Isn’t that amazingly silly?  The act of writing is one of the least competitive activities in my life.  It is a solitary activity.  It is about using imagination and words to create something new and interesting.  It is communicating ideas and fantasies to some future audience that you may or may not ever meet.

There are ways to turn it into a competition, certainly.  There are writing contests, and there are awards to covet.  During NaNoWriMo, some people participate in “word wars” where they see who can write the most words in a short amount of time.

For me, it isn’t enough.  I look for and long for places where I can try to excel as a writer.  When I’m in a writer’s group, I want to be the best writer in the group.  I try to be nice to everyone involved, but underneath my smiles, I want to win.

What do I do when I’m not in a writer’s group?  What about the stories I’m working on that I haven’t shared?

Well, that is a problem.  It is difficult to find motivation to finish.  My fantasy story, A Clean Slate has been growing very slowly.  My original time table was to have the first draft done in May, and here we are in September and I’m not even through the first act.

Then there are the short stories.  When Writer’s of the Future turned down a story I’d worked really hard on, some part of me became convinced that it was not a place I was capable of competing.  I haven’t been able to bring myself to write a short story since.

It’s a troubling dilemma.  I’m looking at the problem and I see myself.  I’m unhappy when I’m not writing, and at the same time, I’m struggling with a fundamental aspect of my personality that seems to be at odds with this hobby.

I have been a little bit self-deprecating with this post, and I don’t want to end this with the wrong idea.  I do not believe that being competitive is a bad thing.  When I use it properly, I’m driven, and I accomplish great things.

What I need to do is learn how to use my competitiveness to stay focused on my writing.  Money is not the answer.  If I was only interested in money, I would focus more on my programming.

Writer’s groups aren’t really the answer.  I want to be a part of them, but I need to suppress my competitive side in that area, so that I’m not a jerk.

Setting arbitrary dates has not been sufficient.  I’ve set tons of dates, but none of them have had any real meaning.  It’s like trying to play chess with yourself.  It just isn’t very interesting.

What do you think?  Maybe there’s an obvious answer, and I’m too close to the problem to see it.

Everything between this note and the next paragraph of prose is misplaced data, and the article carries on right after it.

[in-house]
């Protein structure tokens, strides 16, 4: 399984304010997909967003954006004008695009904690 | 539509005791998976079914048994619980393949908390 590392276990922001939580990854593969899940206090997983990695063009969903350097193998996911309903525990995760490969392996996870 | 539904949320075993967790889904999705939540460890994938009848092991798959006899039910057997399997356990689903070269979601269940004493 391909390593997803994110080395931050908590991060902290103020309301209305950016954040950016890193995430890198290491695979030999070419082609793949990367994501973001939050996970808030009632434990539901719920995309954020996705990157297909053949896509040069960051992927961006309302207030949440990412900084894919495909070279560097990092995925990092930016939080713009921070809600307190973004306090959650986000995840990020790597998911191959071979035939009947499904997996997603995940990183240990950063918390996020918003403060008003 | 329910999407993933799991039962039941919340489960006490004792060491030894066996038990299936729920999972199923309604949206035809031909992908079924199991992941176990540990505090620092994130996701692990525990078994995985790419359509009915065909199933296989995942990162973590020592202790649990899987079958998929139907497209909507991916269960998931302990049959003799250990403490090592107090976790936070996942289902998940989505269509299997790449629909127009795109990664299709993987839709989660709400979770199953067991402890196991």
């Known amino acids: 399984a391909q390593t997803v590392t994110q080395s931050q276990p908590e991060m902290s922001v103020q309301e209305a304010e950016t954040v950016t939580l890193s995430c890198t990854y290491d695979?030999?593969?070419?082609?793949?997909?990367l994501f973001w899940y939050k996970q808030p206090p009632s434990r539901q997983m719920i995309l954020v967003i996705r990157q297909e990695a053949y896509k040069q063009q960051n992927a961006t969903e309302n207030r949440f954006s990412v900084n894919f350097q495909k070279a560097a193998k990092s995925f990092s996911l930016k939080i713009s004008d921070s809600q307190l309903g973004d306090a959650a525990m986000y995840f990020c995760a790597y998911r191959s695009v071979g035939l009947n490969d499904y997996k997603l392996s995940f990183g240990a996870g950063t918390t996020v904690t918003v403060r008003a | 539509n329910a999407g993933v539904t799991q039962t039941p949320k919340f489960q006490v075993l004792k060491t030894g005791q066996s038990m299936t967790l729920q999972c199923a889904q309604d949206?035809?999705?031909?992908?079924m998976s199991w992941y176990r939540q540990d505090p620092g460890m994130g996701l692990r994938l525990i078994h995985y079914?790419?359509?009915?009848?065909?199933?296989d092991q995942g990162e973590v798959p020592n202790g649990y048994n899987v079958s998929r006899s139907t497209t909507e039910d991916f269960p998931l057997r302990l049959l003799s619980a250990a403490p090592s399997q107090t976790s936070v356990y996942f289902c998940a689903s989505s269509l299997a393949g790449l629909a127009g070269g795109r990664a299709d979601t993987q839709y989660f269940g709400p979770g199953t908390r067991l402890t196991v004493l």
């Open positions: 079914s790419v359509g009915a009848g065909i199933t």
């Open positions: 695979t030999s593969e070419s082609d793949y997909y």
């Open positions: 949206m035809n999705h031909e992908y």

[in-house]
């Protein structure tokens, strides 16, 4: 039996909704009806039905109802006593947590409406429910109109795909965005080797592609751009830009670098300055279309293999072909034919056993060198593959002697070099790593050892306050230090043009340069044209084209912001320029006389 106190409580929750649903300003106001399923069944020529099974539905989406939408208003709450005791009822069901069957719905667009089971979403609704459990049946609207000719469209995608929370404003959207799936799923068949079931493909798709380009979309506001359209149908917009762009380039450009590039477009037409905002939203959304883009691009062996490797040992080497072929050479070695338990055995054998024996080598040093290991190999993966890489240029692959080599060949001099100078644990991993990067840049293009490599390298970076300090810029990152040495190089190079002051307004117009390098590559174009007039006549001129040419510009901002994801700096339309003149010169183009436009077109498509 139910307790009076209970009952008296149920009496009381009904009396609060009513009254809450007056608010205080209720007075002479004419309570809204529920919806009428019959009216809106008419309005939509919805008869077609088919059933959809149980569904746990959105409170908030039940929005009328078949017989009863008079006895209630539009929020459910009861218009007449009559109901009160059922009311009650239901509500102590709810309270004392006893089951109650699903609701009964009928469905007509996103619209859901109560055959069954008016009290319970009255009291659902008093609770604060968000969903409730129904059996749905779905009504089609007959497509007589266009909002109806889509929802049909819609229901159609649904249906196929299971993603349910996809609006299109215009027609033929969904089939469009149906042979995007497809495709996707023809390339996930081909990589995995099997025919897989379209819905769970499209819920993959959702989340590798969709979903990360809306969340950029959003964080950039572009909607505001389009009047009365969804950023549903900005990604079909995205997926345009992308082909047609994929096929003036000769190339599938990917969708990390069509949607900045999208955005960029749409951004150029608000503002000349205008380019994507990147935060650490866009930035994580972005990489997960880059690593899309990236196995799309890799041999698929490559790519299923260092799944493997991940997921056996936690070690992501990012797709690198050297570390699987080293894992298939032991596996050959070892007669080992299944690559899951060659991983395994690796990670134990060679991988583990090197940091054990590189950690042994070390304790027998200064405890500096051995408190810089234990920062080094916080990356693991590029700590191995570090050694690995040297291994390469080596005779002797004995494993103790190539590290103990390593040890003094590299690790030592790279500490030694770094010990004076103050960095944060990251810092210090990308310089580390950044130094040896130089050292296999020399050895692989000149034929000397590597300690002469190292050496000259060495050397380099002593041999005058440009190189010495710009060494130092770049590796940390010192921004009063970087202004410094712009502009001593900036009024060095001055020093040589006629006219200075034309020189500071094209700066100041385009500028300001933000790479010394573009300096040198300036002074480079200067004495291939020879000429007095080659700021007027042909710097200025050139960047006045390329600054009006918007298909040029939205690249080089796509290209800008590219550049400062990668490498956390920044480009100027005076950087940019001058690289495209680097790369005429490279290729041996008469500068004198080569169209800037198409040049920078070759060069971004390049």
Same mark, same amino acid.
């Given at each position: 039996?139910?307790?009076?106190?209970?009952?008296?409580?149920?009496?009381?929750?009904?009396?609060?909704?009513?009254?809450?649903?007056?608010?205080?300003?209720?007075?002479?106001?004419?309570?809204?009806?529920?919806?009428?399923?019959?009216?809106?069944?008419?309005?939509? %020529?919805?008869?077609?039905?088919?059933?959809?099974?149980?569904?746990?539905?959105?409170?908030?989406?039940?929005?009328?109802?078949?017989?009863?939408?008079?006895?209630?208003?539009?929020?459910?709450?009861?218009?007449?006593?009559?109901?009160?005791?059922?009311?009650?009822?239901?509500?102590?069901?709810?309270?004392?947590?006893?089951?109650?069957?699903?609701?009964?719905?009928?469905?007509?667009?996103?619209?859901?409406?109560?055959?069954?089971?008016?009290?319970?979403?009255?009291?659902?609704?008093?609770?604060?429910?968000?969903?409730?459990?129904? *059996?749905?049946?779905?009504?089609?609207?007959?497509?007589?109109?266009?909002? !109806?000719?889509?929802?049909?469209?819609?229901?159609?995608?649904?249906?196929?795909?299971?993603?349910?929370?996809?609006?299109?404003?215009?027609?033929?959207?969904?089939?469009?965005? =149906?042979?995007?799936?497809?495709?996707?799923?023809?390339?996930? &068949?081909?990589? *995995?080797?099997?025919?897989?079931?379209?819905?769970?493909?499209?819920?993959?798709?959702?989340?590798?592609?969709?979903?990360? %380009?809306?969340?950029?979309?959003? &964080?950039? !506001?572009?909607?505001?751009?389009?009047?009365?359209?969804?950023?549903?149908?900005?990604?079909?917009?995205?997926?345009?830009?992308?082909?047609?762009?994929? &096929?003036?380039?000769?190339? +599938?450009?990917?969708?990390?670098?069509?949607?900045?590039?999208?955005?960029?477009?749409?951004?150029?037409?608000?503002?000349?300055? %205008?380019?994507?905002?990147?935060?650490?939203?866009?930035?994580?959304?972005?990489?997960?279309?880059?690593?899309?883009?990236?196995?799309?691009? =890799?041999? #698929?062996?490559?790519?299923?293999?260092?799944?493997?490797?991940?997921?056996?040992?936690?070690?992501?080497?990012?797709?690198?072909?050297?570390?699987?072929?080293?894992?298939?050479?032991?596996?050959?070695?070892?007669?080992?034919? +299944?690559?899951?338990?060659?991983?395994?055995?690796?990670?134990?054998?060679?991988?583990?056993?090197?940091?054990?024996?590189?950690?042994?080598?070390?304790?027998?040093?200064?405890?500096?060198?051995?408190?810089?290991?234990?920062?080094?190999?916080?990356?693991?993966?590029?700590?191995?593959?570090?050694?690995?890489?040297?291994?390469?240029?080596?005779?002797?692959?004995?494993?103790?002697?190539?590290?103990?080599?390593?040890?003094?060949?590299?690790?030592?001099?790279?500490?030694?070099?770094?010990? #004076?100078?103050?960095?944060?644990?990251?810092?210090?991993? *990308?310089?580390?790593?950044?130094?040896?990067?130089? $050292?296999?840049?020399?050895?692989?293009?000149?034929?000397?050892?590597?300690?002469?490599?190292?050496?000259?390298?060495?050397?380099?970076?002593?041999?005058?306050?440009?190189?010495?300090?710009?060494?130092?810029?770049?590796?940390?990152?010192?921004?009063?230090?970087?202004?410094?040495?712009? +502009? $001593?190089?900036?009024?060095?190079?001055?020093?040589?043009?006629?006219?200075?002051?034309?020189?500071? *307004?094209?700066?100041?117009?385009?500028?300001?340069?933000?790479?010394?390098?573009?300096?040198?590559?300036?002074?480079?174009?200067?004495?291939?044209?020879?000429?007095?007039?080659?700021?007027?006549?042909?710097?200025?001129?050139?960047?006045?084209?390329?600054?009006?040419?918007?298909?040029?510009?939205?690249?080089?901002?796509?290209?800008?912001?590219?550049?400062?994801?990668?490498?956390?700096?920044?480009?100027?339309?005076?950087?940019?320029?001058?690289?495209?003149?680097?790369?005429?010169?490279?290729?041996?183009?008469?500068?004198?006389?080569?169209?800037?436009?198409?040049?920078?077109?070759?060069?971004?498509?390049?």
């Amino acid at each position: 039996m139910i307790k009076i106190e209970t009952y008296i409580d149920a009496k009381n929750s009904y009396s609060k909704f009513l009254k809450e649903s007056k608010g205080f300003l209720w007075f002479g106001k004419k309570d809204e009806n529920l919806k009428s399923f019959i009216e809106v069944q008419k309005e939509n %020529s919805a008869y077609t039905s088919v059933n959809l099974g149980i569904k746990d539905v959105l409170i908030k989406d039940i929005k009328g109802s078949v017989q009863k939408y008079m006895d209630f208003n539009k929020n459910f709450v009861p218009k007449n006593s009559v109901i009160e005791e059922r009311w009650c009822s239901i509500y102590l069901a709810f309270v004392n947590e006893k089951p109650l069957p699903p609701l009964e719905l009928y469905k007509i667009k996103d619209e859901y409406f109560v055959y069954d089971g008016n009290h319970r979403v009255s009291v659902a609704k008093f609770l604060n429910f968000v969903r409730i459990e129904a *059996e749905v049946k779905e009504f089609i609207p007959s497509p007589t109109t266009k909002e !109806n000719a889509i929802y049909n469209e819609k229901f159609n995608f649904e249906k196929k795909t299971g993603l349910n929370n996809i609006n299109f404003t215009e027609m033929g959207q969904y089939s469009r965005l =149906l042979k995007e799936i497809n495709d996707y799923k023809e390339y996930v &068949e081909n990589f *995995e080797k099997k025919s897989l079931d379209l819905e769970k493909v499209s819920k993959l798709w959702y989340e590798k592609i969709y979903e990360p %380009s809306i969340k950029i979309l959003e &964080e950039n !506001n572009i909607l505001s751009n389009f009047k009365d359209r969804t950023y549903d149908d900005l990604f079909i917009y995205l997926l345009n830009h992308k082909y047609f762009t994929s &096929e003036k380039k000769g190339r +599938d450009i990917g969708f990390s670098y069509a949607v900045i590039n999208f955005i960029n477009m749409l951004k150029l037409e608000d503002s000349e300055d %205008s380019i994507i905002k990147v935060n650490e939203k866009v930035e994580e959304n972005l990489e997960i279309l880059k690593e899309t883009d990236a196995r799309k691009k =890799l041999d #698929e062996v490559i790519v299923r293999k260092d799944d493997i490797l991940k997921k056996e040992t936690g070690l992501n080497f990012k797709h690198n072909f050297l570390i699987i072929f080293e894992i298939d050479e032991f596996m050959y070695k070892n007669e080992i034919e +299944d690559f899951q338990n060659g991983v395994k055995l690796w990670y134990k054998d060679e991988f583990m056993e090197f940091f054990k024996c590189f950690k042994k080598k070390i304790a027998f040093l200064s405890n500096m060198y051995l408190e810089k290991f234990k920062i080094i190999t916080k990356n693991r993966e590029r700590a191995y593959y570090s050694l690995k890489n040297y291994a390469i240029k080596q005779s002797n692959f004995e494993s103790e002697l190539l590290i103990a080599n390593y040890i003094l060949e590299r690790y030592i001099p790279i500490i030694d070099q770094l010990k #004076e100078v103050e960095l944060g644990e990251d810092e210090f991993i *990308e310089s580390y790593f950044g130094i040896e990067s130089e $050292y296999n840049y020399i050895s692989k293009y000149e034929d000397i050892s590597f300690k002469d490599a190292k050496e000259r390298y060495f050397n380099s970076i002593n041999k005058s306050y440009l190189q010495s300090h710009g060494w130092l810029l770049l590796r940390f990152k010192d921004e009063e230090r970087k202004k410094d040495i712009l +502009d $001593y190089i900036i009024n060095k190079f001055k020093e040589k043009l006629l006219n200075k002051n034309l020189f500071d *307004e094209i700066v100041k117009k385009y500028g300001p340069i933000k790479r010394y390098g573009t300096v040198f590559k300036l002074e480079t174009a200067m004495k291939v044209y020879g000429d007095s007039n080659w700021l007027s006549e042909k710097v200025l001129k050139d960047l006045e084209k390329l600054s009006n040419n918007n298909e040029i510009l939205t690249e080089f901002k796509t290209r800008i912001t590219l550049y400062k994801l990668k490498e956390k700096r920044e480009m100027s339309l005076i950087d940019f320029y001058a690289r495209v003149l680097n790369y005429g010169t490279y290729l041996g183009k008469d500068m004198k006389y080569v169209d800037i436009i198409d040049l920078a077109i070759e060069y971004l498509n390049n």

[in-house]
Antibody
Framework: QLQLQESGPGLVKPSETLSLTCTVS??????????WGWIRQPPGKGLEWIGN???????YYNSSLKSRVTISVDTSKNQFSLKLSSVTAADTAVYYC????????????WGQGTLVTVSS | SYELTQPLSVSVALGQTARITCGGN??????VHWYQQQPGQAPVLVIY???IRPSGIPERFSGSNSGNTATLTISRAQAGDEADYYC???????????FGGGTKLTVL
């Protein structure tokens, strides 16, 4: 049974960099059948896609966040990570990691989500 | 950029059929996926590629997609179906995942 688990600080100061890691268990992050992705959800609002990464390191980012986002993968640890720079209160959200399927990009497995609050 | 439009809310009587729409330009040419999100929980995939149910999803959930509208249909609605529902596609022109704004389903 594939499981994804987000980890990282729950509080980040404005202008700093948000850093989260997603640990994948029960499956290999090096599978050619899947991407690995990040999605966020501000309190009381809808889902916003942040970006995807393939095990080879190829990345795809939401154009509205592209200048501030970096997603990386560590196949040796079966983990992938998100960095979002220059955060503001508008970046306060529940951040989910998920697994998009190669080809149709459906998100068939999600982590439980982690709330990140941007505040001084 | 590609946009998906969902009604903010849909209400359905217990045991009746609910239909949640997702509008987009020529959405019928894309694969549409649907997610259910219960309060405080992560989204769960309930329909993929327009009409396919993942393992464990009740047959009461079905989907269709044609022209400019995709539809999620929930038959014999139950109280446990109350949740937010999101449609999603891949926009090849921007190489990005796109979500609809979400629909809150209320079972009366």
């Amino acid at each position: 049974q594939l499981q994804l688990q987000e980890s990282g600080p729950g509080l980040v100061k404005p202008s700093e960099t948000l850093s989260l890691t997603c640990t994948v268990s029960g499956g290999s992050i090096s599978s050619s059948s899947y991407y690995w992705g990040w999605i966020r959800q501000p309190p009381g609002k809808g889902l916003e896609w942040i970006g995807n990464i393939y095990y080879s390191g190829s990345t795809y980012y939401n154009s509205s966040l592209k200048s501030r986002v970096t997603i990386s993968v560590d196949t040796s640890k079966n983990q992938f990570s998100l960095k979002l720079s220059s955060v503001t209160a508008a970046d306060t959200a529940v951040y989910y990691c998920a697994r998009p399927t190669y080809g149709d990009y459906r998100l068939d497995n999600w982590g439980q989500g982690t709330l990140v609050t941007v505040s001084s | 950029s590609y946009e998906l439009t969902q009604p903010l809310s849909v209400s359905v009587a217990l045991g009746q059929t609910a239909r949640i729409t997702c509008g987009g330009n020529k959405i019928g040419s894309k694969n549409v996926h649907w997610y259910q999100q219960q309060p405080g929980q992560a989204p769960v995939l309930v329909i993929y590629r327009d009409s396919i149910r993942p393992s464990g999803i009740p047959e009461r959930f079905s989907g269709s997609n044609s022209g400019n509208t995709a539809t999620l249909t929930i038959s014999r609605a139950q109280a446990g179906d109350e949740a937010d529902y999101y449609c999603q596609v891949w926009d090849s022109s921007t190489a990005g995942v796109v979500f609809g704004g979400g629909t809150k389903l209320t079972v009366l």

I Became a Picky Reader

I’ve become a picky reader.  I want to say that it started when I began to write more, but it doesn’t really line up, especially since I’ve written less this summer than I did in the spring.  I thought my pickiness sprang from the writers’ groups I’d attended, but I haven’t really attended one in months.

I noticed it when I starting reading/listening to Brandon Sanderson’s stories.  I thought they were very good, but I felt like I could see the man behind the curtain.  I felt like Neo, standing in a world made of streaming lines of code.  I enjoyed the books, but I lost some of the immersion.

Initially, I thought it was just Brandon Sanderson.  I thought Brandon’s favorite patterns and crutches were apparent to me, more than the trappings of other authors.  Again, I really enjoyed the Mystborn books, and I’m currently enjoying The Way of Kings.  It’s just that some of the structure of the story is apparent to me as I’m enjoying the story.

After Brandon Sanderson, I moved on to Patrick Rothfuss’, The Name of the Wind.  That’s when I realized that I wasn’t the same kind of reader I once was.  The adjective I kept using to describe The Name of the Wind was “indulgent.” I found the multiple beginnings, and the describing of things by declaring how impossible those things were to describe, indulgent.  At one point, I turned to my coworker (that had already read the book) and said, “This is a story about a man telling two other men a story about himself as a child, listening to a man tell him a story.”

I did enjoy the book, but when it was done, I couldn’t go straight to the next in the series.  I had to take a break.  I moved on to something completely different, and I found myself enjoying it, but noting the pieces of the story that didn’t seem necessary.  Then I went on to something else completely different, and I couldn’t get through it.  It seemed to me that I was listening to exposition mixed with cliche in a blender, pureed, then poured into my ear by someone that may or may not have been on Valium.  I tried my hardest to get through it, but it was too painful.

I want to say that I’m reading more critically, but I don’t know if that’s accurate.  I’m hearing the places where we’re told something, rather than shown.  I’m more aware of adverbs than I’ve ever been before.  The passive voice is something that I’m seeing more clearly than before. (See what I did there?) I don’t think that necessarily means “reading critically.”

I thought that it might be the difference between reading a book and listening to a book.  However, when I went back to finish reading Paulo Coehlo’s The Alchemist, I found the author there with me.  As much as I enjoyed the story, I still found myself aware of how the story was constructed.

Someday, this greater attention to story construction might serve me as a writer.  Right now, it is a distraction, and a substantial impediment.  Flaws in my writing jump out at me with sharp clarity, and it is hard for me to shut down my inner editor.  The main problem is that my appetite for a greater story has become deeper, but my ability to prepare such a meal has not grown proportionally.  At least, that’s my perception.

The answer as always is to keep writing.  I just wish that what I’m trying to create met my standards.